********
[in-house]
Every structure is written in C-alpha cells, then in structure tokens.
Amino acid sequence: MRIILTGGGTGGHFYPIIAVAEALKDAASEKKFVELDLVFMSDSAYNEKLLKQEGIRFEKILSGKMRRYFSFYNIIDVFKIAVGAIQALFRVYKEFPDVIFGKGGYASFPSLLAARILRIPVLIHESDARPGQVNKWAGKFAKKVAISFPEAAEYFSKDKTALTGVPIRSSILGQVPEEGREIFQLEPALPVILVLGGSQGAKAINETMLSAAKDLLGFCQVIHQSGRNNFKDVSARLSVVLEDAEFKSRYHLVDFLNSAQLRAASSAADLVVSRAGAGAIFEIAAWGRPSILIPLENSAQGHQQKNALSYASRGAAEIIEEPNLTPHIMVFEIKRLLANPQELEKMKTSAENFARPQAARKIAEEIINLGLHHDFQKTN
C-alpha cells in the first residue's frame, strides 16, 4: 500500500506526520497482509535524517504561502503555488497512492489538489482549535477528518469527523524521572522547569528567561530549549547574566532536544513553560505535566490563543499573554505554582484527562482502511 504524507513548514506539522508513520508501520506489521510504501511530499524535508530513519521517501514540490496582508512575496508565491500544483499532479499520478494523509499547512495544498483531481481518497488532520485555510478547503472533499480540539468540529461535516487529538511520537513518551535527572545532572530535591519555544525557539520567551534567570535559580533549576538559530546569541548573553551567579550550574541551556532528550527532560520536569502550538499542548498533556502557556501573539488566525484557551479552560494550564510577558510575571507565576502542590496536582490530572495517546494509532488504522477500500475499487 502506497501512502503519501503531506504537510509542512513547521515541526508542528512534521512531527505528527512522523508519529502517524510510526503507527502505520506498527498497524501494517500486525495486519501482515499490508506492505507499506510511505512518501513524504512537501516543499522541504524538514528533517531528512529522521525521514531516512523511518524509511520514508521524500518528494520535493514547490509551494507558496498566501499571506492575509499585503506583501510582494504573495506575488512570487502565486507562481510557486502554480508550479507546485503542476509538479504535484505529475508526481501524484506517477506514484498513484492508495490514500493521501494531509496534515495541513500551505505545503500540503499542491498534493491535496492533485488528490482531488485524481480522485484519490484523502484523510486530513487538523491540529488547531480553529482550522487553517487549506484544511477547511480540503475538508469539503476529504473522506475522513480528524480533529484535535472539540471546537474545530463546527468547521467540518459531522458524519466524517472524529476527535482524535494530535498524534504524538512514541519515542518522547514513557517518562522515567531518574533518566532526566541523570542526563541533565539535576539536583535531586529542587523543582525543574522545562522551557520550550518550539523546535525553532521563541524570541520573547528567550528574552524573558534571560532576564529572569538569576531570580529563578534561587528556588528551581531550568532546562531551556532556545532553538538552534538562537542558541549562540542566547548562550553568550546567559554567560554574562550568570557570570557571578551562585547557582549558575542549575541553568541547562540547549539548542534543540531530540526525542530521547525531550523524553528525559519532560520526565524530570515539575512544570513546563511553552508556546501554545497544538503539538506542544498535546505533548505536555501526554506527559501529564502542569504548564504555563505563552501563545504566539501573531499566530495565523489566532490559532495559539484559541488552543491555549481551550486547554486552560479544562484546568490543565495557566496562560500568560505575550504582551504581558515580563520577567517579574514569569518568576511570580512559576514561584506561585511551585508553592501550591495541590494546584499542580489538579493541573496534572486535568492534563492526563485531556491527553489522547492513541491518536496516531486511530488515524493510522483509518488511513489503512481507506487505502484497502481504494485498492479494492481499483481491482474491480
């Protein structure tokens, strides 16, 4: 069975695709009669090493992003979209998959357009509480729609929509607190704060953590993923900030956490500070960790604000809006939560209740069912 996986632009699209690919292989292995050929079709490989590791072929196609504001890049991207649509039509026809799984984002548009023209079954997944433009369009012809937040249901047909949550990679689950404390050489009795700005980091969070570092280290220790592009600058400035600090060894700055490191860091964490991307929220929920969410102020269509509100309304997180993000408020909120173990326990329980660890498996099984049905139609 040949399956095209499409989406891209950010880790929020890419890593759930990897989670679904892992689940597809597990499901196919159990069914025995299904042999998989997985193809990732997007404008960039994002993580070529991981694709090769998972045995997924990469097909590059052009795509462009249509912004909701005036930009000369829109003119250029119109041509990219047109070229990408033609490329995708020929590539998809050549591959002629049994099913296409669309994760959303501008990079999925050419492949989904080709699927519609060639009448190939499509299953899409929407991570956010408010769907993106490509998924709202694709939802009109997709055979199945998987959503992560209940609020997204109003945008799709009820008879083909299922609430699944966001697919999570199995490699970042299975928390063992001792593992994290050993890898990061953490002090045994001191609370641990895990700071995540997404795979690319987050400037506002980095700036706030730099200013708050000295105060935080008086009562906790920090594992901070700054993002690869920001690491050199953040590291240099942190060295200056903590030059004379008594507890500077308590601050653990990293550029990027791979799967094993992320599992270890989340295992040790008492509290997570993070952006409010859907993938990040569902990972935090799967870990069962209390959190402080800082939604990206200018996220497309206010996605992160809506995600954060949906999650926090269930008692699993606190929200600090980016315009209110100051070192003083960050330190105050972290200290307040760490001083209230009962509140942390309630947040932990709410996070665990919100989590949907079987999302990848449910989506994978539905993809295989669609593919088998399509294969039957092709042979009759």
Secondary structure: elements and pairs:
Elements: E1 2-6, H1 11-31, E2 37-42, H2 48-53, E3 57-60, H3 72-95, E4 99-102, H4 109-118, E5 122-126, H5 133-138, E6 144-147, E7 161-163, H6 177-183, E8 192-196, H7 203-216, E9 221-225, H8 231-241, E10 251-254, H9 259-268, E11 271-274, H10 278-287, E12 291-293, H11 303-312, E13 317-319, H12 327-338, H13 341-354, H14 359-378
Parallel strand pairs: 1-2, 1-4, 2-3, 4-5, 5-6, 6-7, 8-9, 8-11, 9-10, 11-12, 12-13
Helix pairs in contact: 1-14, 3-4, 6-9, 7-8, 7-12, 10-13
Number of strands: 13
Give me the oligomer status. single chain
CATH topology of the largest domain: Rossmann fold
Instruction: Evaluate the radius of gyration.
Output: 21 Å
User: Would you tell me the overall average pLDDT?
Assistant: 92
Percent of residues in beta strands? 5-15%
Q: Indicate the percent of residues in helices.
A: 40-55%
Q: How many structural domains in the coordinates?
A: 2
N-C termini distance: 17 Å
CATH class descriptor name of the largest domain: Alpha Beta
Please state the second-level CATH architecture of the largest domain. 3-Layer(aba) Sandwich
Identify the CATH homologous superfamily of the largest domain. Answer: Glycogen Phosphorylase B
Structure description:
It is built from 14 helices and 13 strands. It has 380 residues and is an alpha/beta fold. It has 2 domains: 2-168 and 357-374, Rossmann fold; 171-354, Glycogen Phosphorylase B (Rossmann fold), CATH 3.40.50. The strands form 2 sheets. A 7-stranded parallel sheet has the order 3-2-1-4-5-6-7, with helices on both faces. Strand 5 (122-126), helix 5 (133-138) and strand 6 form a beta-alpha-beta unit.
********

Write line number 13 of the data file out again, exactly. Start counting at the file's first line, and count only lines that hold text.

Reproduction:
Instruction: Evaluate the radius of gyration.